For generations, indigenous fruits have been widely praised for their significant role in ensuring the conservation of biodiversity conservation and their nutritional value for the Ugandan population.
However, these fruits have persistently been neglected at the expense of imported fruits. This has likewise affected locally made juice that is squeezed from these local fruits. Indigenous fruits and juices are increasingly being replaced by foreign fruits and manufactured juices. This has caused a gradual decline in the production and consumption of indigenous fruits, mostly in schools and communities due to the reduced attention given to them. Fruits like Mpafu, Mirandano passion fruit (both on the Slow Food Ark of Taste) are on the verge of extinction, which has widely accelerated cases of malnutrition among children and continuing biodiversity loss.
To appreciate the rich diversity of Uganda’s Fruits, Slow Food Uganda and Project DISCC started the Fruit and Juice party event as a way of promoting the value of indigenous fruits and juices among children, youths, smallholder farmers, as well as the broader population. The Fruit and Juice Party raises awareness about the value of our indigenous fruits and juices.
The 7th edition of the Fruit and Juice Party was held on March 15, 2019, at Kibirige Memorial Primary School in Ngogwe Sub county, Buikwe District, Uganda, thanks to the support from Hivos under the Food Systems Solution Platform (FSSP) project implemented as part of the Sustainable Diets For All (SD4All) programme. The event attracted 665 people including students from 14 primary and secondary schools, 3 universities, leaders from Buikwe District Local Government and Ngogwe Sub County, CSOs, 6 Food Communities, the media, parents, and interested visitors from nearby communities. The chief guest was Ms. Nalubega Joyce the District Senior Education Officer for Buikwe District.
The Fruit and Juice Party acts as a platform for people from different backgrounds to come together and discuss the promotion of indigenous fruit production and consumption mostly among the children and youths. In his speech, the director of Kibirige Memorial Primary school Mr. Kitungulu John appealed to teachers to teach children at a practical level about fruit growing and consumption.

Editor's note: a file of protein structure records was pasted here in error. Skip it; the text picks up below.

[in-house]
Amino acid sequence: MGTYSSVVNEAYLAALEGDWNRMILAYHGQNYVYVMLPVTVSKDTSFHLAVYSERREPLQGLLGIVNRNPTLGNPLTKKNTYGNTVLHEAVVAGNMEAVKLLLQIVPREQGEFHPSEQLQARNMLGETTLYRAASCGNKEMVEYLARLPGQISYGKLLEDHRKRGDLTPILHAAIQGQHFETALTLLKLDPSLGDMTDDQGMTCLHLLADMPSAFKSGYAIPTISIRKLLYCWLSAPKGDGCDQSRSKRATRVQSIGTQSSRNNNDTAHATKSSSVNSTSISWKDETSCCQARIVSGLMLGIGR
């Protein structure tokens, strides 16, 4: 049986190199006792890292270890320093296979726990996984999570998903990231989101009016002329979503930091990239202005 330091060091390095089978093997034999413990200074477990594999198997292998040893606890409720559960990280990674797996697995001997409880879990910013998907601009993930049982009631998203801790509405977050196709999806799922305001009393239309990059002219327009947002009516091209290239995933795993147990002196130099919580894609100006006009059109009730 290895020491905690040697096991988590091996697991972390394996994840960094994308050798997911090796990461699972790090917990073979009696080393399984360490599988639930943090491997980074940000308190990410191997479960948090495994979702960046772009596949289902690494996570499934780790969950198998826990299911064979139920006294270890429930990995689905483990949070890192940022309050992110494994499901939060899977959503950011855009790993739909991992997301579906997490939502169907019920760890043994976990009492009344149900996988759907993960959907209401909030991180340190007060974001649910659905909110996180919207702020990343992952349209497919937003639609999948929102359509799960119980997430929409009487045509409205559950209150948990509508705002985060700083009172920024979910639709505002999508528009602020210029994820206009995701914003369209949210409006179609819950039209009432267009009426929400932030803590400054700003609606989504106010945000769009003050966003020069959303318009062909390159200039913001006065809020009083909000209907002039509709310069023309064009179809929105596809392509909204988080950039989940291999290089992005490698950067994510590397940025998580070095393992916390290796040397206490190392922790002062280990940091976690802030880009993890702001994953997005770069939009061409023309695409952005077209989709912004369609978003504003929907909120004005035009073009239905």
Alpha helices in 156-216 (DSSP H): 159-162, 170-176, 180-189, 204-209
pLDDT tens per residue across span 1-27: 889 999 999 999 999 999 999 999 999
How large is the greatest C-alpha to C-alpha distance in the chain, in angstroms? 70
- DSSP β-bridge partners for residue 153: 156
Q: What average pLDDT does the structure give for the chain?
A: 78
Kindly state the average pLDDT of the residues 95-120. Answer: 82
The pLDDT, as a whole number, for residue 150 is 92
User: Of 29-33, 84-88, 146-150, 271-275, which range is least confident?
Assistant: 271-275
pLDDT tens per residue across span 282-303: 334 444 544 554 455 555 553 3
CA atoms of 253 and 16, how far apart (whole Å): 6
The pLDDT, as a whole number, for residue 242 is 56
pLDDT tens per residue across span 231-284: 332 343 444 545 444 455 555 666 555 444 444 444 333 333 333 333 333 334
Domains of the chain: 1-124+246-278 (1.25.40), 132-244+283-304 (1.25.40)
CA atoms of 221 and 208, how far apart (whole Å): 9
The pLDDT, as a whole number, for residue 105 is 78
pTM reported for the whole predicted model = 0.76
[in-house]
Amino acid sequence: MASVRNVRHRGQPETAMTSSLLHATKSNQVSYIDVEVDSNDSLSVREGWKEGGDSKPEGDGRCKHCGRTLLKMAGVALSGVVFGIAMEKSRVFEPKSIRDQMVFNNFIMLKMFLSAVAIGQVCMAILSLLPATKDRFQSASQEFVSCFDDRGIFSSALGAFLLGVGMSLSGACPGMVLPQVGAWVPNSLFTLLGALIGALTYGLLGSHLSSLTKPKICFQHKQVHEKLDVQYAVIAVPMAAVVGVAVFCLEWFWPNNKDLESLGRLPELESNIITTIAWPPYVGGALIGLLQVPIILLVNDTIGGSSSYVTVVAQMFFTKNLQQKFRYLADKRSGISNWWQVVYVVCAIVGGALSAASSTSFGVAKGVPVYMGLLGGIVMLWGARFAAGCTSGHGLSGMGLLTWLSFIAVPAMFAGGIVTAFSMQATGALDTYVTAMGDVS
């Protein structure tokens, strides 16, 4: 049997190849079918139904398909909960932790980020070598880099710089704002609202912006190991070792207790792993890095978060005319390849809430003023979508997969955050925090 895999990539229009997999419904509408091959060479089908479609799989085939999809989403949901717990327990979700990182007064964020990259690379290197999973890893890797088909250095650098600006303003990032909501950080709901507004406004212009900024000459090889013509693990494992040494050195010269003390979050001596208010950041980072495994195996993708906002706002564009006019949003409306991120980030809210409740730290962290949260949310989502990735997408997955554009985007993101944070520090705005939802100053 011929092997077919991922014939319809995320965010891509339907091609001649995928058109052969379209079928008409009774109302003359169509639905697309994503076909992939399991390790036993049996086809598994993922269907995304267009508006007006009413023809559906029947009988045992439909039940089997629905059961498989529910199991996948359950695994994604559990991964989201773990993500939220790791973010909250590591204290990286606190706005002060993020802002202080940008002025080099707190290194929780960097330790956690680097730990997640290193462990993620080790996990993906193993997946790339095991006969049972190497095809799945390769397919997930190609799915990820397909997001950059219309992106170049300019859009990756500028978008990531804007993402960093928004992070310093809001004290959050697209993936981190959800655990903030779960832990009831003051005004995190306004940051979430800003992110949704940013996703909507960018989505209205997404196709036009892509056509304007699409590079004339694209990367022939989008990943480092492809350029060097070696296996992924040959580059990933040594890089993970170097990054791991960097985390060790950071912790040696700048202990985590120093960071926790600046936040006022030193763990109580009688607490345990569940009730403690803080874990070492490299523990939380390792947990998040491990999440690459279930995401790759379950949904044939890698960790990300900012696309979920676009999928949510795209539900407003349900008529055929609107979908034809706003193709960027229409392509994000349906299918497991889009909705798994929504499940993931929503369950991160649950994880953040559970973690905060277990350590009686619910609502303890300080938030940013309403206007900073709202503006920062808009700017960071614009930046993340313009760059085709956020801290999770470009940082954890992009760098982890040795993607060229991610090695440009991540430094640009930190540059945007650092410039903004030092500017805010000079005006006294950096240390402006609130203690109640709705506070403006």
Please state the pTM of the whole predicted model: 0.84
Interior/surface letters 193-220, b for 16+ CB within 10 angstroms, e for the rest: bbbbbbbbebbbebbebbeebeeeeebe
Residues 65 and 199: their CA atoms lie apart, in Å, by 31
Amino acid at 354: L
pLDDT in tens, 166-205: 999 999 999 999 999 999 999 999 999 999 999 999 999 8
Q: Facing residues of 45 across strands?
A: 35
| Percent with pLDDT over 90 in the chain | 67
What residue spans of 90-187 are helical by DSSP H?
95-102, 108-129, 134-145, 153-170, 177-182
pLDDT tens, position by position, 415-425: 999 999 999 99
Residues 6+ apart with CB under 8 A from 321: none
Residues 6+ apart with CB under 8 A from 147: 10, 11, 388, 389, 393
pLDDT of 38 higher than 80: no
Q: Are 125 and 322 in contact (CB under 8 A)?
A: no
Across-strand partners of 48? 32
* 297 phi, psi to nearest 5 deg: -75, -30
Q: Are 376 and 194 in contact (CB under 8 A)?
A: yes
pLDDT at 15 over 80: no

The event increased publicity and encouraged knowledge sharing about indigenous fruits through networking, keynote speeches, debates and discussions, and of course fruit tasting. Several educational activities were conducted including the exhibition of indigenous fruits and juices, debates about indigenous and manufactured fruits between school children, sensory education, a fruit preparation contest, fruit tastings, garden visits and the planting of fruit trees around Kibirige Memorial Primary School compound. Twenty-four varieties of fruit and eleven varieties of juice were featured and tasted during the event.
In her speech, the chief guest endorsed events like the Fruit and Juice Party to always be organized even at local levels to encourage the promotion of indigenous fruits. She further added that the district will always ensure that CSOs like Slow Food Uganda will be supported in such initiatives. “This event has come at the right time, as the government of Uganda is looking for ways that fruit consumption and production can be increased in schools. On behalf of Buikwe District, I will make sure that we borrow the ideas acquired from this event to help us achieve that objective”. Said Ms. Nalubega Joyce. “The District local government is going to supply fruit trees in schools and for sustainability purposes, we shall request CSOs like Slow Food Uganda to always sensitize those who receive these fruit trees to plant and take care of them.” She added.
A debate organized for both secondary and primary schools created a big platform for the children to discuss about the indigenous fruits and agriculture in schools. Two motions were generated: “Agriculture is a punishment in schools” and “Indigenous fruits and juices are better than manufactured juices.”
At the end of the event, 15 fruit trees, including avocado, mango and orange trees, were planted at Kibirige Memorial Primary School premises by each school which participated in the event. There was a commitment by these schools to do the same in their respective compounds. Certificates of participation were awarded to each school and community that attended, while the outstanding performers during the event were awarded certificates of recognition.
Organizing such events is a very big milestone that will have an impact on the conservation of Uganda’s rich biodiversity, improving nutritional security through raising awareness and educating young ones about the entire food system, with a special focus on indigenous foods.